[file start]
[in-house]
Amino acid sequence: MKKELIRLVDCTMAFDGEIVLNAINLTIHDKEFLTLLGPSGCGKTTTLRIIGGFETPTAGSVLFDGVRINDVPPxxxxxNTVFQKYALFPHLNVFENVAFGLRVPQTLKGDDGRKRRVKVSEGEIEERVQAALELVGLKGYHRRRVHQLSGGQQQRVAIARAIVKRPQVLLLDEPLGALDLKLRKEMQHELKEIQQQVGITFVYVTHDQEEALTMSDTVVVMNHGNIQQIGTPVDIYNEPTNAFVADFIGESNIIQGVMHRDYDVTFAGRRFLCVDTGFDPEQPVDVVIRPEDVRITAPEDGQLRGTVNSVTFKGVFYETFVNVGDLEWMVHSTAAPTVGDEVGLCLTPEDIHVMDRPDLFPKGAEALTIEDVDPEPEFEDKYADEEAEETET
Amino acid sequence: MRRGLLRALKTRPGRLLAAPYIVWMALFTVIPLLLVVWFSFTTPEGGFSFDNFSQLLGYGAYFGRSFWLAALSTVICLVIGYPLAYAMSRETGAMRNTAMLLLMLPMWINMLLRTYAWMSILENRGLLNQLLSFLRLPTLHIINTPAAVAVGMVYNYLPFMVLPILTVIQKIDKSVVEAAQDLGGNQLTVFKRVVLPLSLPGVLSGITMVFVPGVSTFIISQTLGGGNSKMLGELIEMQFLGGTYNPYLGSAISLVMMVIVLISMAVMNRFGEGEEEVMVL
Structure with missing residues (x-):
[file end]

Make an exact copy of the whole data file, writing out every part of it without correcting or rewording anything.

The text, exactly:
[in-house]
Amino acid sequence: MKKELIRLVDCTMAFDGEIVLNAINLTIHDKEFLTLLGPSGCGKTTTLRIIGGFETPTAGSVLFDGVRINDVPPxxxxxNTVFQKYALFPHLNVFENVAFGLRVPQTLKGDDGRKRRVKVSEGEIEERVQAALELVGLKGYHRRRVHQLSGGQQQRVAIARAIVKRPQVLLLDEPLGALDLKLRKEMQHELKEIQQQVGITFVYVTHDQEEALTMSDTVVVMNHGNIQQIGTPVDIYNEPTNAFVADFIGESNIIQGVMHRDYDVTFAGRRFLCVDTGFDPEQPVDVVIRPEDVRITAPEDGQLRGTVNSVTFKGVFYETFVNVGDLEWMVHSTAAPTVGDEVGLCLTPEDIHVMDRPDLFPKGAEALTIEDVDPEPEFEDKYADEEAEETET
Amino acid sequence: MRRGLLRALKTRPGRLLAAPYIVWMALFTVIPLLLVVWFSFTTPEGGFSFDNFSQLLGYGAYFGRSFWLAALSTVICLVIGYPLAYAMSRETGAMRNTAMLLLMLPMWINMLLRTYAWMSILENRGLLNQLLSFLRLPTLHIINTPAAVAVGMVYNYLPFMVLPILTVIQKIDKSVVEAAQDLGGNQLTVFKRVVLPLSLPGVLSGITMVFVPGVSTFIISQTLGGGNSKMLGELIEMQFLGGTYNPYLGSAISLVMMVIVLISMAVMNRFGEGEEEVMVL
Structure with missing residues (x-):